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A controlled case study of supervisor training to optimise response to injury in the food processing industry

At a glance:
A skills training sessions for supervisors in a meat packing plant significantly reduced new injuries and disability
disability
A condition or function that leaves a person unable to do tasks that most other people can do.
 in the following months.

Supervisors were taught how to communicate with workers about workplace injury and safety and to modify work duties to accommodate injury.
Perspectives:
Employee
This study looked at the effect supervisor training had on reducing workplace injuries and getting people back to work.

Supervisors had two 2-hour sessions of training that included understanding back pain and treatment, communicating better with workers and learning to solve problems. This in turn helped supervisors to better understand injured workers and their pain, assist workers in getting back to work and adjust work practices to prevent injuries.

Encouraging your workplace to provide simple training for supervisors will help prevent injuries and improve the workplace.
Employer
Employers, supervisors and return to work coordinators need to understand workplace injuries and their effects. Communication, listening and problem solving skills are important in creating an atmosphere in the workplace where open discussion about return to work issues can occur. Supervisors can then plan and set goals with injured workers for returning to work.

The employer has a significant role in assisting an injured worker to formulate realistic goals considering the injury, the workplace and the type of worked performed.

In this study a simple but effective set of skills gained by supervisors in two 2-hour sessions greatly improved return to work rates and lessened new claims in the meat packing industry.

The structure and content of the workshops is outlined below. The basic themes are:

  • Communicating with workers about pain and injury:
  • Understanding the nature of musculoskeletal
    musculoskeletal
    Involving the muscles and the skeleton. This term includes the limbs, neck, shoulders and back. 'Musculoskeletal problem' refers to many different conditions that can affect the tendons, muscles and related structures.
     pain and discomfort:
  • Problem Solving using ergonomic
    ergonomic
    Designing activities and the workplace in a way to minimize discomfort. i.e. Adapting work tasks, hours, or workstation to accommodate people. An ergonomic computer workstation allows the person to work in the best position to relieve load on the muscles of the neck and arms.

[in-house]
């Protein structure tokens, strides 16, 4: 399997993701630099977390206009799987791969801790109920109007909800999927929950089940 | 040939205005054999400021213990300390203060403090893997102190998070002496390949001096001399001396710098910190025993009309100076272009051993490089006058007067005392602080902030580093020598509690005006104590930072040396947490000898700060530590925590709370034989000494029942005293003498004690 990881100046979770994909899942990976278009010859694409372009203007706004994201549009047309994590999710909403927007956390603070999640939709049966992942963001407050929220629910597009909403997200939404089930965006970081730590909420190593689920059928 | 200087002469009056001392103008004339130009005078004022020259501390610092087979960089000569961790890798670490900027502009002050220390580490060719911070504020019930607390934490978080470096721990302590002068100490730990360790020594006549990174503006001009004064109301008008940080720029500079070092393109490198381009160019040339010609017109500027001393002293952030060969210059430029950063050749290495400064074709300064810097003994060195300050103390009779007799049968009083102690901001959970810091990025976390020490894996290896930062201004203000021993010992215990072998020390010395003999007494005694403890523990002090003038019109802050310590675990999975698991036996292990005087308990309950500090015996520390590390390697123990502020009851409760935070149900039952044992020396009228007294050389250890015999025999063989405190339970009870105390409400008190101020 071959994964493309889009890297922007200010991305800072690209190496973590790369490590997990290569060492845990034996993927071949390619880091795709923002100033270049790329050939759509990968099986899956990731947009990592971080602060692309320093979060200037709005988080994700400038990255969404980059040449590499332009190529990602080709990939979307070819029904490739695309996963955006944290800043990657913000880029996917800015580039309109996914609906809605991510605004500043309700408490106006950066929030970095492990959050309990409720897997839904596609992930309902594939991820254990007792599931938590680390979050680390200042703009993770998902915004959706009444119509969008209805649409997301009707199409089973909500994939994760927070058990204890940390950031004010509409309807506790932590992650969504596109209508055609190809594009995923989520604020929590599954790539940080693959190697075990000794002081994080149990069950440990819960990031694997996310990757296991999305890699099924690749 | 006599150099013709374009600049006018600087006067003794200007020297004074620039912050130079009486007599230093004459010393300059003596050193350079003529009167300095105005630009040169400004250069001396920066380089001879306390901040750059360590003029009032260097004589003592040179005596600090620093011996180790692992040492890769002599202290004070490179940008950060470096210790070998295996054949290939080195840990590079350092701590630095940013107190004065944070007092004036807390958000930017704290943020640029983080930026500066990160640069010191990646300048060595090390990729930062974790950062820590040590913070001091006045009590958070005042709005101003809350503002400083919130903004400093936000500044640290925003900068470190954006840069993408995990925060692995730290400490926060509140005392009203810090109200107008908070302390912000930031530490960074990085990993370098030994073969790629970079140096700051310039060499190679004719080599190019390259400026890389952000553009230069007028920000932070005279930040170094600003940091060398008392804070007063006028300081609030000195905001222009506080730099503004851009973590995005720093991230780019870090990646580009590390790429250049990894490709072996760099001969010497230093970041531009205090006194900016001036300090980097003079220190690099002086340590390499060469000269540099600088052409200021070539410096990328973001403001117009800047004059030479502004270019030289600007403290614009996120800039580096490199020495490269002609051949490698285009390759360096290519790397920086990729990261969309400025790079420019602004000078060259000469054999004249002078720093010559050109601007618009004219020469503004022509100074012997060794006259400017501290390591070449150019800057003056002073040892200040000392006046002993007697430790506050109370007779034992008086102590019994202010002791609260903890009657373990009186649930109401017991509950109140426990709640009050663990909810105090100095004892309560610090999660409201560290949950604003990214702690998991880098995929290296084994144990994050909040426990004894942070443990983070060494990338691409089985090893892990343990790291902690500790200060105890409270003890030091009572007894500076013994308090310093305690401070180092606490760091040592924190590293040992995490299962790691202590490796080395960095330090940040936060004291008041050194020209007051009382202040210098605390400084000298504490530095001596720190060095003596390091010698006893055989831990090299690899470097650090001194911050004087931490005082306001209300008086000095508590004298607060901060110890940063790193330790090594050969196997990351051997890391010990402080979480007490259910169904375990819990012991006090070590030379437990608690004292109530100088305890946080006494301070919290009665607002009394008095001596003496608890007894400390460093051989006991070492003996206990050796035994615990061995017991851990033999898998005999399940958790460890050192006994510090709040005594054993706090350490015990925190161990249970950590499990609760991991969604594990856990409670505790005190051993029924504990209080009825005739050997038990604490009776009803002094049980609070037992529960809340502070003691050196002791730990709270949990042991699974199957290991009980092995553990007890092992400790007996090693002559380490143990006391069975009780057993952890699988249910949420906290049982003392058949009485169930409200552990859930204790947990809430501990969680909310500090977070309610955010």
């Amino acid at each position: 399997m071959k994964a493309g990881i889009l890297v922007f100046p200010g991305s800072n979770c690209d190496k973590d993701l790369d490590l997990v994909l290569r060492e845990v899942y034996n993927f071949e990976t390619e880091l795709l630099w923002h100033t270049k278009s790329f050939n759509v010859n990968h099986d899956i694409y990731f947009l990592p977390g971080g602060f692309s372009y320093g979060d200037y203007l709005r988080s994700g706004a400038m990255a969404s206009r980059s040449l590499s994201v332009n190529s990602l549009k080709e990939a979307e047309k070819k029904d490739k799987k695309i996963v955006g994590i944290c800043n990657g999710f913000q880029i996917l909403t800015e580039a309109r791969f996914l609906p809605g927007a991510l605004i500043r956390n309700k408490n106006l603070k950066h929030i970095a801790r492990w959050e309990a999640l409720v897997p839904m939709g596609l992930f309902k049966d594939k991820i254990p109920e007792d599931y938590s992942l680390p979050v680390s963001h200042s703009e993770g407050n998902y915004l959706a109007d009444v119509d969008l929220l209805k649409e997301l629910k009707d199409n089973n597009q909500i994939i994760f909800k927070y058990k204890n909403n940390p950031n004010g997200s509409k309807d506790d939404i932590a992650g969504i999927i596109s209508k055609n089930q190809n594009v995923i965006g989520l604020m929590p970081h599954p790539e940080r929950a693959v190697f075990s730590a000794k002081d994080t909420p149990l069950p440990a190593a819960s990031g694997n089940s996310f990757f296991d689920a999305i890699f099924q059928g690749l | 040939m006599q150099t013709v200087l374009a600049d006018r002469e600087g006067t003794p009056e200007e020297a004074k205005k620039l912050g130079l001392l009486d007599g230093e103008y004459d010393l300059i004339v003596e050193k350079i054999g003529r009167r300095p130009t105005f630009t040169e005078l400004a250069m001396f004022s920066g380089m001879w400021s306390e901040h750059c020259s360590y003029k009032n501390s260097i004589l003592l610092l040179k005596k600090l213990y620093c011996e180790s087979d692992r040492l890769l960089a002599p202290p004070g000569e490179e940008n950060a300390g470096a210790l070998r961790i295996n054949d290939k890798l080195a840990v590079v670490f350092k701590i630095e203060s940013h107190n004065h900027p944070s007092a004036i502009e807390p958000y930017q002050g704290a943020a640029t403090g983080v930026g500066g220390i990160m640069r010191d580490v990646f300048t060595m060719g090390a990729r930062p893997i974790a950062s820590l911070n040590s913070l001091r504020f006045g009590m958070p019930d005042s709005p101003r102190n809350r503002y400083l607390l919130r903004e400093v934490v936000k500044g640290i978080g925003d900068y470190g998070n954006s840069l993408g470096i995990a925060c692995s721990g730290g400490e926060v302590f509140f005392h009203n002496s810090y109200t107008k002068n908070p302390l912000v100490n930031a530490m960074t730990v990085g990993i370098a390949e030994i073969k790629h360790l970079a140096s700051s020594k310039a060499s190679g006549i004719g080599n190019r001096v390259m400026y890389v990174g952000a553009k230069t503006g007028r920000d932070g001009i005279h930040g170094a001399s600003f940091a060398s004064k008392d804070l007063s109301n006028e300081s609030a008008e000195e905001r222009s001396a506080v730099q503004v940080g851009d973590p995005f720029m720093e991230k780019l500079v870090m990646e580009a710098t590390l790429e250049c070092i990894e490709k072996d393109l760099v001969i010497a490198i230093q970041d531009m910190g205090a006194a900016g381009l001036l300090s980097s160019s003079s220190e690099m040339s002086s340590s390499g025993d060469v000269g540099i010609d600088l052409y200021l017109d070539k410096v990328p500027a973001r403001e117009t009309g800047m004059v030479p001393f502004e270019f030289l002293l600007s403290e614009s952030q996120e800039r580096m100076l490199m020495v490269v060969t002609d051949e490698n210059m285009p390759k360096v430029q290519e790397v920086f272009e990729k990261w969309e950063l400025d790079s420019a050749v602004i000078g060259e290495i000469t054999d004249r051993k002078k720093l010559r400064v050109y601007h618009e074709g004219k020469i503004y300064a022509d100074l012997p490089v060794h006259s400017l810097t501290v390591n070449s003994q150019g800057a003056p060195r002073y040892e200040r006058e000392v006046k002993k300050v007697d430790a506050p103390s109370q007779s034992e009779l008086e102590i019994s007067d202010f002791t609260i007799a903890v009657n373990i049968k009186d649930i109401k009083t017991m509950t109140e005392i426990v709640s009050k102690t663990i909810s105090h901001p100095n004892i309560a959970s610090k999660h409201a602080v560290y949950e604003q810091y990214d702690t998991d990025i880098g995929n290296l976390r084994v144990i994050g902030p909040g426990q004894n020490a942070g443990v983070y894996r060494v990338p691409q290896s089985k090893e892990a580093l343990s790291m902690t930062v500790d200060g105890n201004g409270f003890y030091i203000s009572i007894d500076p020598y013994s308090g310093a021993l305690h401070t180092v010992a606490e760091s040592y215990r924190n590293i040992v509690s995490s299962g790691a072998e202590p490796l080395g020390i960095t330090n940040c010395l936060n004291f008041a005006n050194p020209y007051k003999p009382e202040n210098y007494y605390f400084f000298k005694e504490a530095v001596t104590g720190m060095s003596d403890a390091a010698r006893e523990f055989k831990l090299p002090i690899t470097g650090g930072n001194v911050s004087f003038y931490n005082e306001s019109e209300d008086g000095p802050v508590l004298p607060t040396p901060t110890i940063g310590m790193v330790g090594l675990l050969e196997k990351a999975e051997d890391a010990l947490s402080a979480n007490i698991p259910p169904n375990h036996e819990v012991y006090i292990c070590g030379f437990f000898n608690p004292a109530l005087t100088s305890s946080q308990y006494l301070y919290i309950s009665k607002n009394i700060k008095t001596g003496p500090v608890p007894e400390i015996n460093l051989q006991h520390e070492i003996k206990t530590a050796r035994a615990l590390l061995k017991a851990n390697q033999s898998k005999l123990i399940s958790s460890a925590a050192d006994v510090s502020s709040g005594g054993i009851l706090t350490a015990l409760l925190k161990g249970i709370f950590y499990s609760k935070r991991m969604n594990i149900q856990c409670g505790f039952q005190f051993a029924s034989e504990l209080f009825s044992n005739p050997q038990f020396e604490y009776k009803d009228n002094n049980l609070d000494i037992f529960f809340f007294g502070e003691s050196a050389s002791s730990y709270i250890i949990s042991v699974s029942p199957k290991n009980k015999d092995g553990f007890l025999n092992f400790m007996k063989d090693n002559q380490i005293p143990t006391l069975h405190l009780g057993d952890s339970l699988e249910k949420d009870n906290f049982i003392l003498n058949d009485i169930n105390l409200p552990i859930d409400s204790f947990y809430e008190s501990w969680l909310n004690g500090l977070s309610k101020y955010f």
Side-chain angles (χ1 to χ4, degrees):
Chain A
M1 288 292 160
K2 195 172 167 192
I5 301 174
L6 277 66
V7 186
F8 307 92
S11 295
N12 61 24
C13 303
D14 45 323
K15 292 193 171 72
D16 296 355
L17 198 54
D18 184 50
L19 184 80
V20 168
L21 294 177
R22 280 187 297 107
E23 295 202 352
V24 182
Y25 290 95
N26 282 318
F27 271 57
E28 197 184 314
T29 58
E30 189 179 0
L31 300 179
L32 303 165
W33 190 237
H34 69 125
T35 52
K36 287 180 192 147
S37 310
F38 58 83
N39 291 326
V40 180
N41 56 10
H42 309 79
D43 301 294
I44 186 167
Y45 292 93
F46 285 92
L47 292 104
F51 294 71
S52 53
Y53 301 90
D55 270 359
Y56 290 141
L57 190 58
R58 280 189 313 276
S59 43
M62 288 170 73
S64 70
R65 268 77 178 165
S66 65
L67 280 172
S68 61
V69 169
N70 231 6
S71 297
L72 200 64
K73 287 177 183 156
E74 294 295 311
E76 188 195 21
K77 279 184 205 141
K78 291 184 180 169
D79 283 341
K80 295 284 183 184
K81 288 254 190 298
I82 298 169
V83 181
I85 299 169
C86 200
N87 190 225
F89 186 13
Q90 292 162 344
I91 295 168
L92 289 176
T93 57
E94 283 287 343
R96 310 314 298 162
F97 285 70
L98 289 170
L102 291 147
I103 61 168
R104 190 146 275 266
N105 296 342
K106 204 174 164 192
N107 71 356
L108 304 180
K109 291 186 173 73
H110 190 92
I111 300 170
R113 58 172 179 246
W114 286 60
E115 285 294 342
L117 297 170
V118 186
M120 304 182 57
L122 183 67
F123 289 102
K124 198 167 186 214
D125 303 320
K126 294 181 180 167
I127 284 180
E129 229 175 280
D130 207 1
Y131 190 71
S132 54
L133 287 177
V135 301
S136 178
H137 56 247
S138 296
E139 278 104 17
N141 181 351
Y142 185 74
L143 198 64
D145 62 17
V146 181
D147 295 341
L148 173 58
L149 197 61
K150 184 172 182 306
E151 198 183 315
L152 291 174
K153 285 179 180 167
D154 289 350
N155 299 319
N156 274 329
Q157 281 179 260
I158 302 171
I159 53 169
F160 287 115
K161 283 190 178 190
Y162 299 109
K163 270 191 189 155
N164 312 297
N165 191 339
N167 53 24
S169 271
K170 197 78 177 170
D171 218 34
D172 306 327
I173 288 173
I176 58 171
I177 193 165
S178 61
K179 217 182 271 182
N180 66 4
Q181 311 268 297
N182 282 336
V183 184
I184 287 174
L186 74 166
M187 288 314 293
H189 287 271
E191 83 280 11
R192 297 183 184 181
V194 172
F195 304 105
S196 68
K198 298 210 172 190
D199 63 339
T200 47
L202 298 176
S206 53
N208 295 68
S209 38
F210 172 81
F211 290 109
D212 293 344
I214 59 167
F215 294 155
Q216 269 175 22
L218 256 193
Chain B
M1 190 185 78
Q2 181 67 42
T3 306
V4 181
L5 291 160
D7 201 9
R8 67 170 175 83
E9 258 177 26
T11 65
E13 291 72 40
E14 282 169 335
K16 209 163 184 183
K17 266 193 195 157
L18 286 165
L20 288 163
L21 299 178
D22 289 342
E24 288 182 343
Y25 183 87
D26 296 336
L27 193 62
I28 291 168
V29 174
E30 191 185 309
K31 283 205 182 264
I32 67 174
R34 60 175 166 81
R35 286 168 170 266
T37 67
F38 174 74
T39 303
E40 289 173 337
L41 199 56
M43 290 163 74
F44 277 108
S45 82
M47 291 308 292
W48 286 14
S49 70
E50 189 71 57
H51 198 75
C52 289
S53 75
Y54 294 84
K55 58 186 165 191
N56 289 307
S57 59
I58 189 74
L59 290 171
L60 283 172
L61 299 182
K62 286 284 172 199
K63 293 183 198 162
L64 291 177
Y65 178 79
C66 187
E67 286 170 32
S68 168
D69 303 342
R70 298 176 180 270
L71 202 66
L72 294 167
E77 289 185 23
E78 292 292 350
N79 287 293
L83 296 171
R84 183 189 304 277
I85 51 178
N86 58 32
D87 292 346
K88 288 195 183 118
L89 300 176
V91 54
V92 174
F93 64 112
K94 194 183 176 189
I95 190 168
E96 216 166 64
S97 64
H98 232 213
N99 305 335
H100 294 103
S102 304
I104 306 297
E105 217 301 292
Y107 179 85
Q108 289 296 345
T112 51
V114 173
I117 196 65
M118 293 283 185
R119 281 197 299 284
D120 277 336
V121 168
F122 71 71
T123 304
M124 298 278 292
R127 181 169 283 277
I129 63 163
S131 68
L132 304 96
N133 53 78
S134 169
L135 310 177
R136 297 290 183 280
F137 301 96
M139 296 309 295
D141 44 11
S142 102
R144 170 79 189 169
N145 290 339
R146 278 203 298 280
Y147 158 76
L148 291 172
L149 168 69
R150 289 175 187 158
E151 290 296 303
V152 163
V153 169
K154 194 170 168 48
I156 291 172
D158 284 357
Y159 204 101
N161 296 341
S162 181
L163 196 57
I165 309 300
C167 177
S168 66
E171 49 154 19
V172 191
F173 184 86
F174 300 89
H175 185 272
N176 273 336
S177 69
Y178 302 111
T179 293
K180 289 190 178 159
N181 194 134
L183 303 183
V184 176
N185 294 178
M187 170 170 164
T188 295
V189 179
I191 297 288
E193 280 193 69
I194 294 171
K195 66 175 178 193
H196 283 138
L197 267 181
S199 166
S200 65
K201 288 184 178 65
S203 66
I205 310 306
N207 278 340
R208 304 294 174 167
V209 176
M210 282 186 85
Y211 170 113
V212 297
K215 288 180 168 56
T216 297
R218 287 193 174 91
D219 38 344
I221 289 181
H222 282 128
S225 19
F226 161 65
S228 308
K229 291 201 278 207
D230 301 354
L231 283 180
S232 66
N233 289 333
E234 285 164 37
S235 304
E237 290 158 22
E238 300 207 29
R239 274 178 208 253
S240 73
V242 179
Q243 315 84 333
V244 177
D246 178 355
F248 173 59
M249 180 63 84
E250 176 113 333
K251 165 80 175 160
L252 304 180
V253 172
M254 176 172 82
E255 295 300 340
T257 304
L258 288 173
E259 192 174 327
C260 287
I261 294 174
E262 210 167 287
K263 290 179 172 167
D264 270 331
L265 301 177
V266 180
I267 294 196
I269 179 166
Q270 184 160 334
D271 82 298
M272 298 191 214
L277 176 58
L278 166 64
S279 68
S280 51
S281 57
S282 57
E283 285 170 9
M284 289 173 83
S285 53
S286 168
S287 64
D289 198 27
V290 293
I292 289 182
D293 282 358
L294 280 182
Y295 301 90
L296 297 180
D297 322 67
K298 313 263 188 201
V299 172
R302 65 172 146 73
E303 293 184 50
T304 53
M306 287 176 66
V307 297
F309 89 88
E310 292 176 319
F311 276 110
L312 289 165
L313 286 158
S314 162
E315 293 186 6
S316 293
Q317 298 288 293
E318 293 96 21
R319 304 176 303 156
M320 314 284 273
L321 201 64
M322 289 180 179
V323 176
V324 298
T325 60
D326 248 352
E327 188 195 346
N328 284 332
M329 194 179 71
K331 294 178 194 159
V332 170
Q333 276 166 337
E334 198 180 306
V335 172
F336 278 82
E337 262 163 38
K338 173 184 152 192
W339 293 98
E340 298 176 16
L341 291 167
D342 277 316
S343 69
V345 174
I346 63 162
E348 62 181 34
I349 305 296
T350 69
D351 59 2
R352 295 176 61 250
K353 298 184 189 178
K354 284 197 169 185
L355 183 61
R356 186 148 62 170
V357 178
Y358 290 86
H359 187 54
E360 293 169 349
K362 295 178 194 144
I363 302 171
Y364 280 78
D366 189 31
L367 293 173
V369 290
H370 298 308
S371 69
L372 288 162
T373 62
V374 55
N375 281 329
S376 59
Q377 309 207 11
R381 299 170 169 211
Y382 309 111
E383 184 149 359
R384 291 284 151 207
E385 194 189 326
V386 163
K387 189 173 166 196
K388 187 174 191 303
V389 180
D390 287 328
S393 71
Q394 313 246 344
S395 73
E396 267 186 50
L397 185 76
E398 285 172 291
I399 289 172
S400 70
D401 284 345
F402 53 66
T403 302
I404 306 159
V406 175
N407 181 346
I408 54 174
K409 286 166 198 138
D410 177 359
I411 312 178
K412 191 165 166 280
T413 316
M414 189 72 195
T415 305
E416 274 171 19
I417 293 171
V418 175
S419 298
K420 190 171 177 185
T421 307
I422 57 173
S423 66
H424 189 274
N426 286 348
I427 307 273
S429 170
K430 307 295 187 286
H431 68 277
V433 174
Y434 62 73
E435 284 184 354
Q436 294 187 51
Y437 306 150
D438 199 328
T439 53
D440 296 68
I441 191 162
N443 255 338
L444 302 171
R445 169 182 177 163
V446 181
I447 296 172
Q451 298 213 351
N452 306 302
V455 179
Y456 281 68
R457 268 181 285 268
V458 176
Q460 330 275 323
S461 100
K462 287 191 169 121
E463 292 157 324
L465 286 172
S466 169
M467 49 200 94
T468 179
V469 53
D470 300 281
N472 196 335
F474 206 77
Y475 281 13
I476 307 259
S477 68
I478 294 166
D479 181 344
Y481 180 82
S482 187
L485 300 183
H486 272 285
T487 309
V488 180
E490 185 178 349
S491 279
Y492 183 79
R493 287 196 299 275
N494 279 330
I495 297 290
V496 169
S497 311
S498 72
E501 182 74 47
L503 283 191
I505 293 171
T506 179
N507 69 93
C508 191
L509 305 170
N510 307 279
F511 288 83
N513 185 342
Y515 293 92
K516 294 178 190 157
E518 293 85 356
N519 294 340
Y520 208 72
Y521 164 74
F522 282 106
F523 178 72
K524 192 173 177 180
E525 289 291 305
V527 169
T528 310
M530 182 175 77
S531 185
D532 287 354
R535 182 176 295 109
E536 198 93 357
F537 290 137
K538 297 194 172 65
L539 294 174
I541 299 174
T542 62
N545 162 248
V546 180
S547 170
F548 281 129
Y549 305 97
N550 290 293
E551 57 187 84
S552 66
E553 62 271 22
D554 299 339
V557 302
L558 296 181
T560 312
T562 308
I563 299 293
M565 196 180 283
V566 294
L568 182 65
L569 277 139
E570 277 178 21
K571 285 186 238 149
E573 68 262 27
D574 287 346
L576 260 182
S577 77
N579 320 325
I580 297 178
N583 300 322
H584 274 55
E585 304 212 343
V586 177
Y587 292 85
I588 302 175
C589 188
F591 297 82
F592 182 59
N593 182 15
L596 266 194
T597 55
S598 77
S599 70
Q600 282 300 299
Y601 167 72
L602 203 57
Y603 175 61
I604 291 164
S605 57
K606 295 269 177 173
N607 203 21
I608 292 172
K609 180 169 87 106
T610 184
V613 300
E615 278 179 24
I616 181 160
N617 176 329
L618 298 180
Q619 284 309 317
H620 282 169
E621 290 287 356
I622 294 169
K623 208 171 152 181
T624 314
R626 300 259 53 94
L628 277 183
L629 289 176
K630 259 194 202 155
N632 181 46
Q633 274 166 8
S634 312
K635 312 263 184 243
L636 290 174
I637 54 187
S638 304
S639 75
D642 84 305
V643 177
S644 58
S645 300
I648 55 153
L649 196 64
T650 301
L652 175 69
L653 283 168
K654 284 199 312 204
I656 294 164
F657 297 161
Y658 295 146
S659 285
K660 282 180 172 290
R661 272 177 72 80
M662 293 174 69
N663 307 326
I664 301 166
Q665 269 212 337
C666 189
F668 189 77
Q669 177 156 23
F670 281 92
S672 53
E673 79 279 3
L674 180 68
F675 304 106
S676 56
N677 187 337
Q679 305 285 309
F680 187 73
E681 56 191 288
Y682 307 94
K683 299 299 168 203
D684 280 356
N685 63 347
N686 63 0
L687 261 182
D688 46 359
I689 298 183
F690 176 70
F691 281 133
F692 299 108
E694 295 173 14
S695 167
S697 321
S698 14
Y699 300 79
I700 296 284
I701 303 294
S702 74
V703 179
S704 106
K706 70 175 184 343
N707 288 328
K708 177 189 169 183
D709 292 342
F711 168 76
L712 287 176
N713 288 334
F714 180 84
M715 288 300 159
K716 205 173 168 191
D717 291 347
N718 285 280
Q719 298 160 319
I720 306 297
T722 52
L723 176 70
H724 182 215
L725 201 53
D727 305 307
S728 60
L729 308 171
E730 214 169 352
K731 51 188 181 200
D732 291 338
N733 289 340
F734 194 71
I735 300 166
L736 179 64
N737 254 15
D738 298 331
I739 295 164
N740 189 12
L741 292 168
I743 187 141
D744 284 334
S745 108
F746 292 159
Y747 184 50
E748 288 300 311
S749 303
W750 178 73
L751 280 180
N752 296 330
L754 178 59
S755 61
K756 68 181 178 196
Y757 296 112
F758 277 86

principles (i.e. adaptation of the workplace and work tasks to accommodate an injury)
  • Maintaining communication
Treater
The study suggests that the supervisor's response to workplace injury is important in determining the success or failure of workers recovery. It shows the importance of supplying workplace supervisors with basic skills for understanding injury and helping workers return to work.

Important elements of the training were communication and problem solving skills. The workshops also provided supervisors with an understanding of musculoskeletal injury, its course of recovery and the pain and discomfort suffered.

If you sense there are difficulties with returning to work because workplace support is lacking, it may be worth recommending the workplace invests in staff training in return to work management.
Insurer
One of the most important factors in return to work success is the attitude of supervisors in the workplace. Supervisors play an important part in reducing new claims and assisting people back to work.

Two 2-hour workshops giving supervisors an understanding of sprains
sprain
Injury to ligaments caused by overstretching or overuse. The ligament is usually stretched but may be torn.
 and strains
strain
Injury to a muscle in which the muscle fibres tear or become irritated as a result of overstretching or wrenching
 and communication and problem solving skills reduced new claims and costs from new injuries in a meat packing company with over 400 employees.
Original Article, Authors & Publication Details:
W. S. Shaw1,2 M. M. Robertson1, R. K. McLellan3, S. Verma1and G. Pransky1,2(2006).

A controlled case study of supervisor training to optimize response to injury in the food processing industry. Work; 26(2):107-14.